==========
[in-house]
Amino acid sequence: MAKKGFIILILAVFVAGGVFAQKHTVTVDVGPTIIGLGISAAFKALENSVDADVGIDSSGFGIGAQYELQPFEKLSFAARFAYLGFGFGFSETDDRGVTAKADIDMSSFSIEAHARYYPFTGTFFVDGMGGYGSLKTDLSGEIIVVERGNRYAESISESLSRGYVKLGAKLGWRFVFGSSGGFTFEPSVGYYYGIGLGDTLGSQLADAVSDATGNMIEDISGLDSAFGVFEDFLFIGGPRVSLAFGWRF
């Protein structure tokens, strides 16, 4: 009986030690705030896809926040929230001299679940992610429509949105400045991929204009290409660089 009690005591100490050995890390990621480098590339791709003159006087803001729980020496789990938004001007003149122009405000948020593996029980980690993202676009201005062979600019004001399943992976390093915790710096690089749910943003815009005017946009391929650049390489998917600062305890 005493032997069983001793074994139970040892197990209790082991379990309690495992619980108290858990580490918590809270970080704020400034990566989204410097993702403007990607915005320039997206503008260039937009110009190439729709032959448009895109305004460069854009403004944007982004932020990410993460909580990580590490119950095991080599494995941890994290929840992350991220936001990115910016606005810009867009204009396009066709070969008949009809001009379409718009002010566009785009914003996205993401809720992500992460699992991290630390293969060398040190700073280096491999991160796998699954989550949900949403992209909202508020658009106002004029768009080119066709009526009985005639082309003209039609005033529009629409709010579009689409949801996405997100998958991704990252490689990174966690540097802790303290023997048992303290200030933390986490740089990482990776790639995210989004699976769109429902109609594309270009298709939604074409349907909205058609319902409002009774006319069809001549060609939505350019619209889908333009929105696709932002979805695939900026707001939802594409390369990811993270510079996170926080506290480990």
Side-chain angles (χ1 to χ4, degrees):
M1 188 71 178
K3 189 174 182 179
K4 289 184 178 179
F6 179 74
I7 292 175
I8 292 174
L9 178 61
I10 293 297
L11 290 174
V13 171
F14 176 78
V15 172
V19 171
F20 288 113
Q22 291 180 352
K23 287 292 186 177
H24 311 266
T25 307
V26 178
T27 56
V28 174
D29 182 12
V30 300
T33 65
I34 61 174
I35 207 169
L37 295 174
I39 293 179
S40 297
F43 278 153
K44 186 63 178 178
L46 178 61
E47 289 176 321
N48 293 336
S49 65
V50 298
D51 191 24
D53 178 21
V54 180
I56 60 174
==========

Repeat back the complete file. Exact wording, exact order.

[in-house]
Amino acid sequence: MAKKGFIILILAVFVAGGVFAQKHTVTVDVGPTIIGLGISAAFKALENSVDADVGIDSSGFGIGAQYELQPFEKLSFAARFAYLGFGFGFSETDDRGVTAKADIDMSSFSIEAHARYYPFTGTFFVDGMGGYGSLKTDLSGEIIVVERGNRYAESISESLSRGYVKLGAKLGWRFVFGSSGGFTFEPSVGYYYGIGLGDTLGSQLADAVSDATGNMIEDISGLDSAFGVFEDFLFIGGPRVSLAFGWRF
């Protein structure tokens, strides 16, 4: 009986030690705030896809926040929230001299679940992610429509949105400045991929204009290409660089 009690005591100490050995890390990621480098590339791709003159006087803001729980020496789990938004001007003149122009405000948020593996029980980690993202676009201005062979600019004001399943992976390093915790710096690089749910943003815009005017946009391929650049390489998917600062305890 005493032997069983001793074994139970040892197990209790082991379990309690495992619980108290858990580490918590809270970080704020400034990566989204410097993702403007990607915005320039997206503008260039937009110009190439729709032959448009895109305004460069854009403004944007982004932020990410993460909580990580590490119950095991080599494995941890994290929840992350991220936001990115910016606005810009867009204009396009066709070969008949009809001009379409718009002010566009785009914003996205993401809720992500992460699992991290630390293969060398040190700073280096491999991160796998699954989550949900949403992209909202508020658009106002004029768009080119066709009526009985005639082309003209039609005033529009629409709010579009689409949801996405997100998958991704990252490689990174966690540097802790303290023997048992303290200030933390986490740089990482990776790639995210989004699976769109429902109609594309270009298709939604074409349907909205058609319902409002009774006319069809001549060609939505350019619209889908333009929105696709932002979805695939900026707001939802594409390369990811993270510079996170926080506290480990």
Side-chain angles (χ1 to χ4, degrees):
M1 188 71 178
K3 189 174 182 179
K4 289 184 178 179
F6 179 74
I7 292 175
I8 292 174
L9 178 61
I10 293 297
L11 290 174
V13 171
F14 176 78
V15 172
V19 171
F20 288 113
Q22 291 180 352
K23 287 292 186 177
H24 311 266
T25 307
V26 178
T27 56
V28 174
D29 182 12
V30 300
T33 65
I34 61 174
I35 207 169
L37 295 174
I39 293 179
S40 297
F43 278 153
K44 186 63 178 178
L46 178 61
E47 289 176 321
N48 293 336
S49 65
V50 298
D51 191 24
D53 178 21
V54 180
I56 60 174